Facebook’s new virtual assistant called “M” is earning rave reviews from the testers who are using it. M can can arrange for takeout to be delivered. It can warn you about bad weather. And, it is reported that it can obtain hard-to-find items, like certain movie tickets.
At this point in its development, M can do just about everything an actual human personal assistant can do - except physically, of course.
As Facebook begins to roll out M, the company is behind it 100%. Success of M means that people will keep using Facebook Messenger and hopefully it will inspire people to do their shopping within the program. A virtual assistant that can make this easy for users will help Facebook’s growth efforts.
The reason M is so advanced is because it is powered by software and human operation.
Since the artificial intelligence (AI) technology behind M is still in its early stages, human operators handle the majority of the interactions with the assistant’s users. According to Facebook’s chief technology officer, Mike Schroepfer, the AI technology is still learning basic responses to users’ popular requests.
As Schroepfer explains, “It’s primarily powered by people. But those people are effectively backed up by AIs. The idea here is, you can ask it any question, not just the set of questions that it’s capable of. The thing that’s cool about this is it gives us a much wider training set, like what are the things people actually want it to help them.”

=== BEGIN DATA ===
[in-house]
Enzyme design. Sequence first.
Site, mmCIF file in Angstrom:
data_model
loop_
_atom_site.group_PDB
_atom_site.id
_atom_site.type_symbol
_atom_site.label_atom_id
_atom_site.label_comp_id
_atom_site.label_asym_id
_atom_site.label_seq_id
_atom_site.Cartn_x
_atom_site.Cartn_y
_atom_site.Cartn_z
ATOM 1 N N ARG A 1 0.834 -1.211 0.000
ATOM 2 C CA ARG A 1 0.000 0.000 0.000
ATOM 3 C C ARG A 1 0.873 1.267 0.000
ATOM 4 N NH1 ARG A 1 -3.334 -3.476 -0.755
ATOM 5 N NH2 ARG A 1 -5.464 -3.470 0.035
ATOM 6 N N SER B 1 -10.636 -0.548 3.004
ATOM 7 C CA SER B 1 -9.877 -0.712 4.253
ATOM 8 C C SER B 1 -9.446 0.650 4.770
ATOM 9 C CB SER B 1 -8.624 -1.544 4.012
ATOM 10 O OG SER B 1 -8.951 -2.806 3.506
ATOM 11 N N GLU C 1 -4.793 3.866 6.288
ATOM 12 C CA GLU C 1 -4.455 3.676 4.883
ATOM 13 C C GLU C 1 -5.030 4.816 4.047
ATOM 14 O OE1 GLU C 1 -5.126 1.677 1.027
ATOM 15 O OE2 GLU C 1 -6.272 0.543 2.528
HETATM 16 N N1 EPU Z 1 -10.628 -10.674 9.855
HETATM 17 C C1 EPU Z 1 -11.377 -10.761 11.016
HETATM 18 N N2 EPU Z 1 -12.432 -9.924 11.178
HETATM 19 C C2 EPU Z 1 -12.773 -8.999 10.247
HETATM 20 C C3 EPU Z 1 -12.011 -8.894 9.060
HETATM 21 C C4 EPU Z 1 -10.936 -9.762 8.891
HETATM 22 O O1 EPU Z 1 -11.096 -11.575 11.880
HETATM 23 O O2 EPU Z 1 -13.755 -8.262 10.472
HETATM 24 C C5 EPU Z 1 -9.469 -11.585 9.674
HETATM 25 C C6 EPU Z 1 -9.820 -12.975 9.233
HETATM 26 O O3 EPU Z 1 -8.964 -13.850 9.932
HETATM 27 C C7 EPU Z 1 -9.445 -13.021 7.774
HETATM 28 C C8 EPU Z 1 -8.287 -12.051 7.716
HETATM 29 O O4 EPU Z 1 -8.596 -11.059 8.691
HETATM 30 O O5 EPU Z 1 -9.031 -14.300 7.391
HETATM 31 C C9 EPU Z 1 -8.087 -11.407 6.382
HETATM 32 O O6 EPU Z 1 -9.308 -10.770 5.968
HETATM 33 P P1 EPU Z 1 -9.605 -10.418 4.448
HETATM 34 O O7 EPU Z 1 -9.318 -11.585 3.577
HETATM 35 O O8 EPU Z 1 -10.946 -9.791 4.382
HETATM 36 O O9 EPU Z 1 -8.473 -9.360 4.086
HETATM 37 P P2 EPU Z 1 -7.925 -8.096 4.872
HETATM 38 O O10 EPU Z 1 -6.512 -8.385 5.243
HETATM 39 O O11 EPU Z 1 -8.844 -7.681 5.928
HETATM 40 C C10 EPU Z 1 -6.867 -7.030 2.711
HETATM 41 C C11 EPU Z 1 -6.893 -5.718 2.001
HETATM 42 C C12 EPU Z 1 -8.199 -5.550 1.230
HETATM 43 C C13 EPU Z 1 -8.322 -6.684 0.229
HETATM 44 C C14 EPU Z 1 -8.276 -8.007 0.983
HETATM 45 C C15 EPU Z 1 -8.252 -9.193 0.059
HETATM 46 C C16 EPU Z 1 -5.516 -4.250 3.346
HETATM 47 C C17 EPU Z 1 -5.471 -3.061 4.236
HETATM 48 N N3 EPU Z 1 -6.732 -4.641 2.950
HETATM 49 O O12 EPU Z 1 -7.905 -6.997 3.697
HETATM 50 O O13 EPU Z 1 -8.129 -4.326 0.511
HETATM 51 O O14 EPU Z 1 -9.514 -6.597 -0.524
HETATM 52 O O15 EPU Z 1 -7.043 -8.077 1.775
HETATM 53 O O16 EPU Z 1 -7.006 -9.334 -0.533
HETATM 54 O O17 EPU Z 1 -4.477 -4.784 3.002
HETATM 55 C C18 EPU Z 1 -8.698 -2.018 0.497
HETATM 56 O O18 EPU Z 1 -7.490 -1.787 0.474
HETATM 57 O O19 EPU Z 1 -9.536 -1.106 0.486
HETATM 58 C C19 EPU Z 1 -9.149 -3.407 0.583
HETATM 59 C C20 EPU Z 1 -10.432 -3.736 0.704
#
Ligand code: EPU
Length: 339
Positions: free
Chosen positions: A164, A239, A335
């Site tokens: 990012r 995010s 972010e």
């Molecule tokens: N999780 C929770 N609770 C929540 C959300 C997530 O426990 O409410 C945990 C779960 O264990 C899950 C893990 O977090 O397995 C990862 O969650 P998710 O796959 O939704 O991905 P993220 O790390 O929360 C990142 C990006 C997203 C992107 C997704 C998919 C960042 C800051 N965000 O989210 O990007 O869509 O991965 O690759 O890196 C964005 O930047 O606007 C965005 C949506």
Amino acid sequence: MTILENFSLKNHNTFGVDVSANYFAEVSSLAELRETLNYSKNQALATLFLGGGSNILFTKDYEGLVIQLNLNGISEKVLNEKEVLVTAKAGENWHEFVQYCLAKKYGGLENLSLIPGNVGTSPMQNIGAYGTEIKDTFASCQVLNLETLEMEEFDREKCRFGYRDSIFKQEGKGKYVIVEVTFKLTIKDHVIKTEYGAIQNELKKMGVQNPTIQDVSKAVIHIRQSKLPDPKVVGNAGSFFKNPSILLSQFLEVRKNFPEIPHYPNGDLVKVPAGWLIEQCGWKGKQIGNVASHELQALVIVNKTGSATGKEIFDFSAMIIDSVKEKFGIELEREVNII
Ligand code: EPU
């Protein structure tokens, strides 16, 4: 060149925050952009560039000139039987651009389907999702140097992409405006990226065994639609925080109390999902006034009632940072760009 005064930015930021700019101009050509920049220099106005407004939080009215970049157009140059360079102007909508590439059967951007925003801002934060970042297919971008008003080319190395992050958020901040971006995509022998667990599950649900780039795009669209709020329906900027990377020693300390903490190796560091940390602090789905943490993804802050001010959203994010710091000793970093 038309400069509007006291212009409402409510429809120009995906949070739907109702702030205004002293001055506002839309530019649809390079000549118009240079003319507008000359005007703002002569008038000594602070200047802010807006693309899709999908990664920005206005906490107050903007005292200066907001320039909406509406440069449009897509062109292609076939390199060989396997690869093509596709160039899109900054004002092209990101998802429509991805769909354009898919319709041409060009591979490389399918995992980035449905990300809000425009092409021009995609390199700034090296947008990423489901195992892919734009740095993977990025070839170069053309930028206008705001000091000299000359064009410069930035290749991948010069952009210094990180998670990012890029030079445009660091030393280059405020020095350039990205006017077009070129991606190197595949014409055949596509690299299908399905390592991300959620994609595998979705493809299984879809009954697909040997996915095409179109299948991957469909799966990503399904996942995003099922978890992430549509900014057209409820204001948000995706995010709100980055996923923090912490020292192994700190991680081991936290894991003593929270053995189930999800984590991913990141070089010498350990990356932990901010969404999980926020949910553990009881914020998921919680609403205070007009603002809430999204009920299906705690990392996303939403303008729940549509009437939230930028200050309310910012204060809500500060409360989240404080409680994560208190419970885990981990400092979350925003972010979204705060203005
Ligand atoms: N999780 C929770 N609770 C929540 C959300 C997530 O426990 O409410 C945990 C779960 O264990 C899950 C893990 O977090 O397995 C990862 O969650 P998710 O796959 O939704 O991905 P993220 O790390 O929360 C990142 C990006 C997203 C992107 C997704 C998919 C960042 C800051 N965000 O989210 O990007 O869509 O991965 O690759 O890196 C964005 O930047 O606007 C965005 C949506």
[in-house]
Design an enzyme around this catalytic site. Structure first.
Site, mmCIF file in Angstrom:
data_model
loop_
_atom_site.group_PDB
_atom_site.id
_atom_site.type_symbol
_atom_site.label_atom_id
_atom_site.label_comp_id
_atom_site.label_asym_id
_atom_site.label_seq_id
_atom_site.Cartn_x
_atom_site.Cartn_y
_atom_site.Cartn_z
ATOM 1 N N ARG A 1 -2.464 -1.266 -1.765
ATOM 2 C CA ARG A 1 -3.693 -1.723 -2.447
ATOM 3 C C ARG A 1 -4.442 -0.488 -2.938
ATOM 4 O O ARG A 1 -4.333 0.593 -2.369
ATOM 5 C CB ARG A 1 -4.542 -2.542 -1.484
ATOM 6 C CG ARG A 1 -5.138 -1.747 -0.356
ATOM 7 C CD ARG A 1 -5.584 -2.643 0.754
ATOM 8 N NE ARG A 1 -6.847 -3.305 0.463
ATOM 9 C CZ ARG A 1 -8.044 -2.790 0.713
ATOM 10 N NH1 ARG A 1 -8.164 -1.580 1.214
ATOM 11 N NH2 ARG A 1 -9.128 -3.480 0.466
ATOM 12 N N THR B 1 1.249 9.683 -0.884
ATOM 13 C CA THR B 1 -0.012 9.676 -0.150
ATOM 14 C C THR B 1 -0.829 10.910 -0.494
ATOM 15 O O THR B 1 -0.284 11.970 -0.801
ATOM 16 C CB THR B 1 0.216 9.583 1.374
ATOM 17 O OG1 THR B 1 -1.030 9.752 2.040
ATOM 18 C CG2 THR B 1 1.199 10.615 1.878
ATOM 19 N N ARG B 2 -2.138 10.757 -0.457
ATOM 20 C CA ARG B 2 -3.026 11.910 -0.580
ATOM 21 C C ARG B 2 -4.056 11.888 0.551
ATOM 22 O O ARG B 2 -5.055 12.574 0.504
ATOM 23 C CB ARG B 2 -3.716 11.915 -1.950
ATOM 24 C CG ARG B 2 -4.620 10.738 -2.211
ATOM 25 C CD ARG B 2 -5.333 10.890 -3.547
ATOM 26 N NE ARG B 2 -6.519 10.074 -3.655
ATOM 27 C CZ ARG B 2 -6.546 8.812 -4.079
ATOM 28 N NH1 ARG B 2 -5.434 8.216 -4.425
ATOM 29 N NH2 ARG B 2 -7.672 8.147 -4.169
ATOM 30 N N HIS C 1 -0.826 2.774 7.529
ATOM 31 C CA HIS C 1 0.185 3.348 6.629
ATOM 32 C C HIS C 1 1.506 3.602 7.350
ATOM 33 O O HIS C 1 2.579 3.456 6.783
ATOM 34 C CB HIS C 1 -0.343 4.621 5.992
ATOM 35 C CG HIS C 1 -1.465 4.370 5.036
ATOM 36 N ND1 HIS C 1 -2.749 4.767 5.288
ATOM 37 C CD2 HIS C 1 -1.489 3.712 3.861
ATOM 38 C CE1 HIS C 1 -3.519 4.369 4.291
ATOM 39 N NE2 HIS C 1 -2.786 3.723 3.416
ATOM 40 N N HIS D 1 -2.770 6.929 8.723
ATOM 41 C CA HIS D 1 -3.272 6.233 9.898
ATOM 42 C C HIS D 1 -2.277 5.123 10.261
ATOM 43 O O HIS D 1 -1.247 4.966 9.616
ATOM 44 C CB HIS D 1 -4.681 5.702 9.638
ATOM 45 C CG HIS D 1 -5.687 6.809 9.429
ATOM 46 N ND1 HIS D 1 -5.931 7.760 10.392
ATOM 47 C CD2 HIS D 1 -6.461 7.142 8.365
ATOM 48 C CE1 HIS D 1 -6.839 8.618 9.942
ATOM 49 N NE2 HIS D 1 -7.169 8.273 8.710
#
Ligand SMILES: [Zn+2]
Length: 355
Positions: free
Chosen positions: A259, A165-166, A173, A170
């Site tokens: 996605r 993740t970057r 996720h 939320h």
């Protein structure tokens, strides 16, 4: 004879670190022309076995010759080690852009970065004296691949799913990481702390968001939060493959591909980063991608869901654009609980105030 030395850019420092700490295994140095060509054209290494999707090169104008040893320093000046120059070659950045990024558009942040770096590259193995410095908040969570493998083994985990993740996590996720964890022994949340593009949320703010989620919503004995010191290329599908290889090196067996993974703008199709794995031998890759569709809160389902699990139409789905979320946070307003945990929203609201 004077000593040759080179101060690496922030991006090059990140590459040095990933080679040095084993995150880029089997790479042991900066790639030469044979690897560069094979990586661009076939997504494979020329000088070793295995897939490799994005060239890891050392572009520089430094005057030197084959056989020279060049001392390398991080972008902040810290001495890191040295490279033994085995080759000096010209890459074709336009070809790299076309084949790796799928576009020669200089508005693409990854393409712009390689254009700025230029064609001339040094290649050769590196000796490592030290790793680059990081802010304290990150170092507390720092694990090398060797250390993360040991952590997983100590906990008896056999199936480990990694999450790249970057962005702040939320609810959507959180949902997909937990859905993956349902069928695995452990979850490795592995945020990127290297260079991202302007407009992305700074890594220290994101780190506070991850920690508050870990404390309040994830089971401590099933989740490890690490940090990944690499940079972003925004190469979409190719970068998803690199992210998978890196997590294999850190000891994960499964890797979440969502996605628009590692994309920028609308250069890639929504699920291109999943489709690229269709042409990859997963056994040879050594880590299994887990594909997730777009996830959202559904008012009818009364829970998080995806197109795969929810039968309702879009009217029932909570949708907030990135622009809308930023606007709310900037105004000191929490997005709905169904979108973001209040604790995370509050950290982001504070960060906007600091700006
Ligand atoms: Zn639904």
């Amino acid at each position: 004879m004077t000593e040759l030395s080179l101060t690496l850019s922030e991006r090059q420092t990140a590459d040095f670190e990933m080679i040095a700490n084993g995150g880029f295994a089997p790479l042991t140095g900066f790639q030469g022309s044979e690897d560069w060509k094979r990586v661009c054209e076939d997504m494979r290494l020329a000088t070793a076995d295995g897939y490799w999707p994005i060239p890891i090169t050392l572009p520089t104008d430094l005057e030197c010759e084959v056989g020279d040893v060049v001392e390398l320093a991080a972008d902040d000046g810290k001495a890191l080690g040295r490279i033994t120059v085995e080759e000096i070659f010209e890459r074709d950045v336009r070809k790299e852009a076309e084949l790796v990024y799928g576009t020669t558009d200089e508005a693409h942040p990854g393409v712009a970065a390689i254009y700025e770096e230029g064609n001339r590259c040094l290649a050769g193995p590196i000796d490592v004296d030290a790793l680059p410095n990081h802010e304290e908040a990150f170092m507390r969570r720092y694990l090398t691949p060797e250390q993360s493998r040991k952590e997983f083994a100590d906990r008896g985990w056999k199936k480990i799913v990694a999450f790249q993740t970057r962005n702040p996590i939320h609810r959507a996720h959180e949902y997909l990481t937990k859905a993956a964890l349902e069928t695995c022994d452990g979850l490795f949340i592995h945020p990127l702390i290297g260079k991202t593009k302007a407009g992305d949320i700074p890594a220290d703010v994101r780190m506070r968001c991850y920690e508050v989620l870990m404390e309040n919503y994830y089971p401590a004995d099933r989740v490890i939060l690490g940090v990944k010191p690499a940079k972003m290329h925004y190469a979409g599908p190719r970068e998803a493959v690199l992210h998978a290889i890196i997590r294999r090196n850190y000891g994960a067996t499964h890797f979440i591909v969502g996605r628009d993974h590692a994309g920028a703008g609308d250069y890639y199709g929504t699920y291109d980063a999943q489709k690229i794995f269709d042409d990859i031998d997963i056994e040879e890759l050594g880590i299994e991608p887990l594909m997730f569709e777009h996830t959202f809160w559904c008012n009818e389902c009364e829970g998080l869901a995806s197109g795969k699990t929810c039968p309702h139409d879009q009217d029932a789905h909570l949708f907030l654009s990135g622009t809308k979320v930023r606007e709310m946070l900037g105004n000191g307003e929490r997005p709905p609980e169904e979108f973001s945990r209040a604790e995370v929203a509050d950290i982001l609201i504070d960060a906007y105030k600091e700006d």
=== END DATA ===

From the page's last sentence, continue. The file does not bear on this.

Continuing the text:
Currently, Facebook is training M to learn by example from what the human trainers teach it.
Eventually, the plan is for M to know enough to “operate without a human handler.” Facebook’s researchers and developers are building neural networks - networks that assist machines to act and think like humans - and many of these networks are already firing within M.
Schroepfer adds that, “The reason this is exciting is it’s scalable. We cannot afford to hire operators for the entire world to be their personal assistant.”
The efforts expended by the company on M are part of a much larger plan to become a leader in AI and deep learning. Perfecting, or at least harnessing AI can personalize Facebook’s service. In trying to accomplish this, the company has pulled out all the stops. It has recruited Yann LeCun, one of the world’s top deep learning experts, to run its AI division as well as the eight-person team from the machine-learning company Wit.ai, which Facebook acquired earlier this year.
By making Facebook personalized and smarter, the company can get people to use it longer and more regularly. If M becomes the personal assistant of choice for people, they will use the program for more than just posting photographs. People will theoretically have reason to use it every day.
Facebook joins the ranks of both Apple and Google in the fight to provide the personal assistant of choice.
Schroepfer adds that, “The promise I made to all the AI folks that joined us is, ‘We’re going to be the best place to get your work to a billion as fast as possible.’ We’re trying to make that promise [come] true.”